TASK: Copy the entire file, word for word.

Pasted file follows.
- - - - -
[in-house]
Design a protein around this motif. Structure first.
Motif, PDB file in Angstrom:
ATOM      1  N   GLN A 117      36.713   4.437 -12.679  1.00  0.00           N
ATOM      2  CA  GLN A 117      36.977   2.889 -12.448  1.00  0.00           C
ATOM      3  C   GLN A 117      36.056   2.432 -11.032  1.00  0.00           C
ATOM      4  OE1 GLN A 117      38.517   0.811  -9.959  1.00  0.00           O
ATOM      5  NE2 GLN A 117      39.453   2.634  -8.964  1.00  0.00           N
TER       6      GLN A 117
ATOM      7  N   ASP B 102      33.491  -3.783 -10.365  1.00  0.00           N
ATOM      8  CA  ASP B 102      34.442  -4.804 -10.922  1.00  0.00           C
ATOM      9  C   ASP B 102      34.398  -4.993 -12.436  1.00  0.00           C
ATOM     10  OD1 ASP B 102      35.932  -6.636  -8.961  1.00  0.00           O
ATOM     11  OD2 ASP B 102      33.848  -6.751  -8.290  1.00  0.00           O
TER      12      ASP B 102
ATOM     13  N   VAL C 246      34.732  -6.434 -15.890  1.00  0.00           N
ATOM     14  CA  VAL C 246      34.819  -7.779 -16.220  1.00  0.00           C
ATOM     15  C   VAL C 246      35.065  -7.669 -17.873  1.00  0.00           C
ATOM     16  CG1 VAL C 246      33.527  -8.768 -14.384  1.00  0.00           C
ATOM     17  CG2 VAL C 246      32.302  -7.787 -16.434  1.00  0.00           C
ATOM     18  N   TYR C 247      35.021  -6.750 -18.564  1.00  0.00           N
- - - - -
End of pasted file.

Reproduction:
[in-house]
Design a protein around this motif. Structure first.
Motif, PDB file in Angstrom:
ATOM      1  N   GLN A 117      36.713   4.437 -12.679  1.00  0.00           N
ATOM      2  CA  GLN A 117      36.977   2.889 -12.448  1.00  0.00           C
ATOM      3  C   GLN A 117      36.056   2.432 -11.032  1.00  0.00           C
ATOM      4  OE1 GLN A 117      38.517   0.811  -9.959  1.00  0.00           O
ATOM      5  NE2 GLN A 117      39.453   2.634  -8.964  1.00  0.00           N
TER       6      GLN A 117
ATOM      7  N   ASP B 102      33.491  -3.783 -10.365  1.00  0.00           N
ATOM      8  CA  ASP B 102      34.442  -4.804 -10.922  1.00  0.00           C
ATOM      9  C   ASP B 102      34.398  -4.993 -12.436  1.00  0.00           C
ATOM     10  OD1 ASP B 102      35.932  -6.636  -8.961  1.00  0.00           O
ATOM     11  OD2 ASP B 102      33.848  -6.751  -8.290  1.00  0.00           O
TER      12      ASP B 102
ATOM     13  N   VAL C 246      34.732  -6.434 -15.890  1.00  0.00           N
ATOM     14  CA  VAL C 246      34.819  -7.779 -16.220  1.00  0.00           C
ATOM     15  C   VAL C 246      35.065  -7.669 -17.873  1.00  0.00           C
ATOM     16  CG1 VAL C 246      33.527  -8.768 -14.384  1.00  0.00           C
ATOM     17  CG2 VAL C 246      32.302  -7.787 -16.434  1.00  0.00           C
ATOM     18  N   TYR C 247      35.021  -6.750 -18.564  1.00  0.00           N